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Message machine Mandelson on form today

Posted on 27 January 2010 | 12:01pm

Say what you like about Peter Mandelson – some of you will doubtless take up the invitation – but he knows how to pack a few messages into a newspaper interview.

I particularly like the way, in his Mirror interview today, that he paid tribute to the British people in their role in getting Britain through one of the toughest economic periods any of us can remember. Too often, these issues are presented as being for governments and big business alone.

It is true that the government made some very big decisions as the economic crisis struck, and many of the fairer elements in today’s media recognise the role of those decisions in getting us to the fragile recovery we now appear to have.

But Peter set it out differently. I quote now from the Labour Party’s media monitoring department’s account of this part of the interview. ‘We’ve come out of it better than most people hoped or predicted because a lot of people around the country tightened their belts. They made real sacrifices. People have given up hours or some of their salary to help employers through. There are employees and employers for whom the recession has been a real struggle but whose sacrifices have enabled many more businesses to come through the recession intact than was the case in the 1980s or the 1990s. The real heroes of the recession are the British people’.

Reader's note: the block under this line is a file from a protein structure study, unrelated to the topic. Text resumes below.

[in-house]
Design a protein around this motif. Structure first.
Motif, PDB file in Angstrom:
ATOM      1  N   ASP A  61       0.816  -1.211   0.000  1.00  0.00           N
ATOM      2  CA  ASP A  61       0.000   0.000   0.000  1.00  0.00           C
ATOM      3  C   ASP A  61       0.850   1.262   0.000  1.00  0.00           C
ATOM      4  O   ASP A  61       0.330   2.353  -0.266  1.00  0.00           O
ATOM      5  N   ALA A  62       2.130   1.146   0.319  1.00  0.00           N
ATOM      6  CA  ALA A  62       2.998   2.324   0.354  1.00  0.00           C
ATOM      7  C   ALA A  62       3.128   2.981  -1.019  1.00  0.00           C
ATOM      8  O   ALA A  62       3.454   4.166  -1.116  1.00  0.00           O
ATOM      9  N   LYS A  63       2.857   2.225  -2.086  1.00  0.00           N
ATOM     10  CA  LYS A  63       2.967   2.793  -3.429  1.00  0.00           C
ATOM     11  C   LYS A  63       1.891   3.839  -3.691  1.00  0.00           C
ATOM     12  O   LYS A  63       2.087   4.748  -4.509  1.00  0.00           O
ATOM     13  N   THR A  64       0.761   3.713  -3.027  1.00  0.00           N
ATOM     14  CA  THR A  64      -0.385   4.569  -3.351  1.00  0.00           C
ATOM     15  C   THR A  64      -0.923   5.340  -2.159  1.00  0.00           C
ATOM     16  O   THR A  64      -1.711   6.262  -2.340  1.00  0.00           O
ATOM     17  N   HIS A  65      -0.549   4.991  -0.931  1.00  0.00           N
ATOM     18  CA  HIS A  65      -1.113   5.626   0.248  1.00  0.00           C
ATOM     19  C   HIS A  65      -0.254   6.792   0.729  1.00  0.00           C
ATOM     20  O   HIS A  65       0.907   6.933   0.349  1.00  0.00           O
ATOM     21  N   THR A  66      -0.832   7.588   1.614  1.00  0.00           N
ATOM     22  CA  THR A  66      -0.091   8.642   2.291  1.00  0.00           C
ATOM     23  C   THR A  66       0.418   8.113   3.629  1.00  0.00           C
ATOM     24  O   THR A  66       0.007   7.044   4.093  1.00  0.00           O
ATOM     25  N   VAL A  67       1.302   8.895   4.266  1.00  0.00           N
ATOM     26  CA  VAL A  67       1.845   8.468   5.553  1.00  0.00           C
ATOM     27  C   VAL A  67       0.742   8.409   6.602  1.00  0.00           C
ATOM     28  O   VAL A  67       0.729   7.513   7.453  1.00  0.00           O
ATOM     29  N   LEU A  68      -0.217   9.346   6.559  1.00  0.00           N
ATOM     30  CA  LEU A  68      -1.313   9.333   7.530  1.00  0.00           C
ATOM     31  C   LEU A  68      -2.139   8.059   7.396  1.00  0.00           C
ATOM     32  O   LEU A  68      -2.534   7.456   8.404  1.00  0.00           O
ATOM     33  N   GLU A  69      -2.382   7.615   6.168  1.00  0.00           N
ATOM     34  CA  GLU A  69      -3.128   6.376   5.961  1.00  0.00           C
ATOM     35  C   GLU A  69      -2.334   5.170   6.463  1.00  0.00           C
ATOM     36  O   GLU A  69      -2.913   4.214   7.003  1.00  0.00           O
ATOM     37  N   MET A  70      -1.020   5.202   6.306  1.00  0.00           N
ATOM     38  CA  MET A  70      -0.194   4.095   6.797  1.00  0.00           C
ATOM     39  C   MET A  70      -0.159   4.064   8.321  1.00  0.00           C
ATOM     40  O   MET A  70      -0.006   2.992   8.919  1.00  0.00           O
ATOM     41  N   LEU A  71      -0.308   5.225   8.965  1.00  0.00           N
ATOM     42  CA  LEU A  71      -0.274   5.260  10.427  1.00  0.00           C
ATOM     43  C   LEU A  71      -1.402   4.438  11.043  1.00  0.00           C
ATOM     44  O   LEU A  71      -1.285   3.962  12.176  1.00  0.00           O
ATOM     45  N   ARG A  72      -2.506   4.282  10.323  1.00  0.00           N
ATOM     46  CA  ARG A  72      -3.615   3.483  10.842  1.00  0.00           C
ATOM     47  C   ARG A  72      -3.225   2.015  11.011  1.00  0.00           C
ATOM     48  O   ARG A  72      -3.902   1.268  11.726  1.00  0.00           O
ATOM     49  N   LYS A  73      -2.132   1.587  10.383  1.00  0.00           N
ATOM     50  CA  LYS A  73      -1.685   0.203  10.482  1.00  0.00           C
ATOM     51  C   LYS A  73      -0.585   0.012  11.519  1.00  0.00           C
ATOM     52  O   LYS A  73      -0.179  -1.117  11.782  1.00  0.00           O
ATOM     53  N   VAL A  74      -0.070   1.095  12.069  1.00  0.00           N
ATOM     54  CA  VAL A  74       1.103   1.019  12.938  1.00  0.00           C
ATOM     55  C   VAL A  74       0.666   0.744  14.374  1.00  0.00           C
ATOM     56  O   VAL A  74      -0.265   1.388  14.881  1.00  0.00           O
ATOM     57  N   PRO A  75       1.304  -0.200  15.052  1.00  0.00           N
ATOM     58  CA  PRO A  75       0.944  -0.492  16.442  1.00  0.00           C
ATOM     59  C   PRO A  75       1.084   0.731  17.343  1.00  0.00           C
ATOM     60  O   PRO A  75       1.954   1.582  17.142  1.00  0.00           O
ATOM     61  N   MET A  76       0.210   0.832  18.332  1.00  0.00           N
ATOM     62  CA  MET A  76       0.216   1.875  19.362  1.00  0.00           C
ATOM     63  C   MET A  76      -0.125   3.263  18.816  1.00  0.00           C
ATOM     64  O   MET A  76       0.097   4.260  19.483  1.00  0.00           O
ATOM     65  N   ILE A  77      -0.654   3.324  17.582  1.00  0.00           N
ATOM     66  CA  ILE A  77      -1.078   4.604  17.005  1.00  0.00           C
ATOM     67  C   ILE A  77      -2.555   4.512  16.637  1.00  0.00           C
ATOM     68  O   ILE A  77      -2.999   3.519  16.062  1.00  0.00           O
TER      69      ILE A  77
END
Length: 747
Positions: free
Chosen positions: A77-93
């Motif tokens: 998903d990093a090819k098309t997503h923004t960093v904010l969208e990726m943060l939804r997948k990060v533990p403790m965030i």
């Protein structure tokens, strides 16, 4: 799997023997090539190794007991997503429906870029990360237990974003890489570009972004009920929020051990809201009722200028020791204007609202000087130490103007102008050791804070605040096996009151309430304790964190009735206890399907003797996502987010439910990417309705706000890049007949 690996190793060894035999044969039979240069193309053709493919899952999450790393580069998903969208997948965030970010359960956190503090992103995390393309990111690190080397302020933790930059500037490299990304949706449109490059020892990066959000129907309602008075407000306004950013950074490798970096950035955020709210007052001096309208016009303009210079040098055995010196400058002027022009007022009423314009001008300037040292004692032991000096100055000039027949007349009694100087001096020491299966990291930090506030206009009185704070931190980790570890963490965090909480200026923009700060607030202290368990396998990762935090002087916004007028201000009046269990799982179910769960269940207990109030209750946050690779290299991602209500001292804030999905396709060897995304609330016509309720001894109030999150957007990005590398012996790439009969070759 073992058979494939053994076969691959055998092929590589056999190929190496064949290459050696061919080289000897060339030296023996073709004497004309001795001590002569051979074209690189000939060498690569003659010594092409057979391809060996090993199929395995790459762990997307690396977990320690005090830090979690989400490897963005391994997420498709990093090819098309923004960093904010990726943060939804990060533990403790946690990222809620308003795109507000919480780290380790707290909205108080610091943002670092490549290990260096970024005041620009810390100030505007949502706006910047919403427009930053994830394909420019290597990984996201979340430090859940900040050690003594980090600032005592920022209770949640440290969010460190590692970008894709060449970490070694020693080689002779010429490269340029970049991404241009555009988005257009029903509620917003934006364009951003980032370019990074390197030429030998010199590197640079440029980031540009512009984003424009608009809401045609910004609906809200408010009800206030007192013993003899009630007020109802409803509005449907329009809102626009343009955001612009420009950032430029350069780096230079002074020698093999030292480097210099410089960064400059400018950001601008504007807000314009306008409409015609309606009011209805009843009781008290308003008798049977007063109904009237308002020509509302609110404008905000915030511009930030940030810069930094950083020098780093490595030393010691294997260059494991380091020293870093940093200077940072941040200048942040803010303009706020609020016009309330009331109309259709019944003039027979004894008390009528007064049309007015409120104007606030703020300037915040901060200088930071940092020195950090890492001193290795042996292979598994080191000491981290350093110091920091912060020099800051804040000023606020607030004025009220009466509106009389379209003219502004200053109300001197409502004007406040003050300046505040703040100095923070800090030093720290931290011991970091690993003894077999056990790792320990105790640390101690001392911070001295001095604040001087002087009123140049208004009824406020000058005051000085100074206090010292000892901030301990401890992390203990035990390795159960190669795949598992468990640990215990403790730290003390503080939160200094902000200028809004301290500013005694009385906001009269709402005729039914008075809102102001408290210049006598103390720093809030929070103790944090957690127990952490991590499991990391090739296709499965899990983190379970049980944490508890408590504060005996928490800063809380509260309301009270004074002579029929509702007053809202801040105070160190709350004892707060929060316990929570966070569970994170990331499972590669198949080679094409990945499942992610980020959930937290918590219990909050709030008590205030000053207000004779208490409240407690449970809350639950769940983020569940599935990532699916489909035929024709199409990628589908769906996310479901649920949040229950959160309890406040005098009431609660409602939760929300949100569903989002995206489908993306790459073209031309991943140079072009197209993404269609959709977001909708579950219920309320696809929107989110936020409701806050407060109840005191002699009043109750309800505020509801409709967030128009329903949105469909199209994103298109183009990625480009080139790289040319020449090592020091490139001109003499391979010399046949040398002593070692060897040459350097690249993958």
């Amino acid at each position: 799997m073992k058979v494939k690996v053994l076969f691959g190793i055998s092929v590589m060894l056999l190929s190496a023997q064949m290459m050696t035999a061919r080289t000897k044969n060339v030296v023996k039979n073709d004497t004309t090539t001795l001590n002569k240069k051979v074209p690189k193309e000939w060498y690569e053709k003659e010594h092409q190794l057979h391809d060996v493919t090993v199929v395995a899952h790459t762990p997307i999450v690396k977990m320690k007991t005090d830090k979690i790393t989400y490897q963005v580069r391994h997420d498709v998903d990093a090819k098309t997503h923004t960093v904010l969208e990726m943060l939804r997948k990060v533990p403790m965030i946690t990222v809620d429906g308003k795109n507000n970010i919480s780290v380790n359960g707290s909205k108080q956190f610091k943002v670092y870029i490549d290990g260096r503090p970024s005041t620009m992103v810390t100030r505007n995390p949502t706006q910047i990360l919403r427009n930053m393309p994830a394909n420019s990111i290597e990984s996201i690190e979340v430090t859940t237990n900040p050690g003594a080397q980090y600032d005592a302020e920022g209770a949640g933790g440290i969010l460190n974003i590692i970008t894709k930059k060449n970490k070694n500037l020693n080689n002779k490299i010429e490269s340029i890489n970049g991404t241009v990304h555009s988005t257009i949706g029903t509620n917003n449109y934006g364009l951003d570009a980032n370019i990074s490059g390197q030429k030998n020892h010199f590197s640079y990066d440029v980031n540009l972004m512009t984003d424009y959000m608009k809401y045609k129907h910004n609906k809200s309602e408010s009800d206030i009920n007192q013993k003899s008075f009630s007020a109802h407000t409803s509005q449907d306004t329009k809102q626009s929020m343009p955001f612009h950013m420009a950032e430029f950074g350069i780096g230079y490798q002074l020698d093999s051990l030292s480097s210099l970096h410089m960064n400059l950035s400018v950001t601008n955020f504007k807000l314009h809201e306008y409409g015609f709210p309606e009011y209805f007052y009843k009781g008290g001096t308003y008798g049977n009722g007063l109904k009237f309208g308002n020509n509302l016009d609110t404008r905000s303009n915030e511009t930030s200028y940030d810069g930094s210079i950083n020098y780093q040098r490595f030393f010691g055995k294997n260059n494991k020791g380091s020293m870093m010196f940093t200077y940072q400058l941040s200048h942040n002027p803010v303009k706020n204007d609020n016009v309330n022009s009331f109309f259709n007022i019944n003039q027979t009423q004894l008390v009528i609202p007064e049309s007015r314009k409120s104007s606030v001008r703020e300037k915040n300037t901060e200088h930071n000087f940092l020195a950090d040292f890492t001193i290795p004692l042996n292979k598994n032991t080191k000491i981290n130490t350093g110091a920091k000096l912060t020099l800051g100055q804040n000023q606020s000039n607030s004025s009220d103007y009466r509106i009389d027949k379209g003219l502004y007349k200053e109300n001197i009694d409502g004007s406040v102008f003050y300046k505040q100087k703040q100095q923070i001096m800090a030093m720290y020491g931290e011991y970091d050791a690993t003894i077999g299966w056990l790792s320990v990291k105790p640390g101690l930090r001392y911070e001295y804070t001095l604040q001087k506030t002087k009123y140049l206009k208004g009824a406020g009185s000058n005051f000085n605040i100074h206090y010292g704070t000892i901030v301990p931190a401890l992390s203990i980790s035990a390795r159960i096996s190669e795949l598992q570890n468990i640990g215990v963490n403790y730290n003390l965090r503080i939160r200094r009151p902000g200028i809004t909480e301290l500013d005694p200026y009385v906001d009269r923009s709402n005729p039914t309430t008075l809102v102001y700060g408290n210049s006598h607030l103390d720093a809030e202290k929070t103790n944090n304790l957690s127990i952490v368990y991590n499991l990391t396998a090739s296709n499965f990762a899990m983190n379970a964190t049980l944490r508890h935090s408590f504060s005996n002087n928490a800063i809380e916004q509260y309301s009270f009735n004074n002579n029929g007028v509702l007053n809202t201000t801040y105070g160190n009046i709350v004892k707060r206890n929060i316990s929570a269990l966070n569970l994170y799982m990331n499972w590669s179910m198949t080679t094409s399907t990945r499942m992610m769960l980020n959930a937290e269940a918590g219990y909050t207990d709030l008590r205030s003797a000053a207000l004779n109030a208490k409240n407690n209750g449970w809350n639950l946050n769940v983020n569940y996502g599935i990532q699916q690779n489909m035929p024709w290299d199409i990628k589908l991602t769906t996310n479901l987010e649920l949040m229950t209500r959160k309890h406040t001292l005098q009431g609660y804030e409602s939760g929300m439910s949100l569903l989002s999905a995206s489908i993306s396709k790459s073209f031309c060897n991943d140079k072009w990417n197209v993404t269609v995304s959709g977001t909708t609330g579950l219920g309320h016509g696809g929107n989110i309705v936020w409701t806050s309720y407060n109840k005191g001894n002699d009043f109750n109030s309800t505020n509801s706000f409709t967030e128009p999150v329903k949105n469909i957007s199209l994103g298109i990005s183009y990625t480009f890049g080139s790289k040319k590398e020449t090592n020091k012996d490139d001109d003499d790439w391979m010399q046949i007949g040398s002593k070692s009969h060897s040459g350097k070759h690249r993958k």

But he is nothing if not Labour and so never far away from taking a shot at the Tories, whose bad calls on the recession get precious little media attention considering they are seen by many as a government-in-waiting. ‘Many people on the shop floor and the high street are still feeling the effects of the recession. We aren’t out of it completely. We have stuck by businesses through the recession so we can blunt the impact of unemployment. But the Tories called the recession wrong and now are calling the recovery wrong. They’re saying, ‘pull support away & start cutting into government spending & investment straight away’. If you swing the axe blindly you will find yourselves cutting the roots of growth rather than the branches of public spending. That is the great risk posed by the Tories. If the Tories get the chance to call this wrong later this year we will be at risk of slipping back into recession and unemployment starting to mount again. It’s not a question of whether you reduce the deficit, it’s when and how. Get that wrong and we will be taking a colossal risk with the economy … The recovery remains fragile. The urgent priority for businesses is for the government to maintain support for the economy and to lift and maintain demand.’.